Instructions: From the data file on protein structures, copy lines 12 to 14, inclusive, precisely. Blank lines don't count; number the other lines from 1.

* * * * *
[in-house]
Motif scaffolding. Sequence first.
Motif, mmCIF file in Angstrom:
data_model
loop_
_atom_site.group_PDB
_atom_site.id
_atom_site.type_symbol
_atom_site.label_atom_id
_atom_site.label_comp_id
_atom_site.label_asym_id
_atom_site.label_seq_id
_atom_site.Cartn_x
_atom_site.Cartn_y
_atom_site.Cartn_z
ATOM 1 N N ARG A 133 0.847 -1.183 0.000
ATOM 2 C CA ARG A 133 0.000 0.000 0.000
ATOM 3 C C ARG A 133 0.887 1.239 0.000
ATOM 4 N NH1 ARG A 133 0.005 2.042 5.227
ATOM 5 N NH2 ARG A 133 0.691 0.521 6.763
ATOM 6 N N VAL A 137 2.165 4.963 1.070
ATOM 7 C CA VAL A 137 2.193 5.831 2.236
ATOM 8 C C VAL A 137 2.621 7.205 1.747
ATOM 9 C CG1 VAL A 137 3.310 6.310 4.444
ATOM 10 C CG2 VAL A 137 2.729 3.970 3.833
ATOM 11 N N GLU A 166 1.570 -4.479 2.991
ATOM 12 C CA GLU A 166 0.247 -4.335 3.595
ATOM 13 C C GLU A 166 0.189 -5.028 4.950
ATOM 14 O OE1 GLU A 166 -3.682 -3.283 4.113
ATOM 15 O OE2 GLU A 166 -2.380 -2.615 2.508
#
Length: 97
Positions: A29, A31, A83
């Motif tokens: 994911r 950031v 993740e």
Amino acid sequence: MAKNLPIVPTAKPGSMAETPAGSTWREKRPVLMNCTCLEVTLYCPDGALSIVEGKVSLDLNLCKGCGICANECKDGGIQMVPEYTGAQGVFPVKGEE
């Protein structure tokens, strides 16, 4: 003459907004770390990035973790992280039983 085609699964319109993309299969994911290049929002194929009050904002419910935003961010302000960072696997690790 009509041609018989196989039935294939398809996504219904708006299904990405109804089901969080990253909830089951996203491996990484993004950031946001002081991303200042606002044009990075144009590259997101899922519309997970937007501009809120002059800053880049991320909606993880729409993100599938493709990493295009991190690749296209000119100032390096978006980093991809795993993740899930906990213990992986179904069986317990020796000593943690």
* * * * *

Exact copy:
_atom_site.label_seq_id
_atom_site.Cartn_x
_atom_site.Cartn_y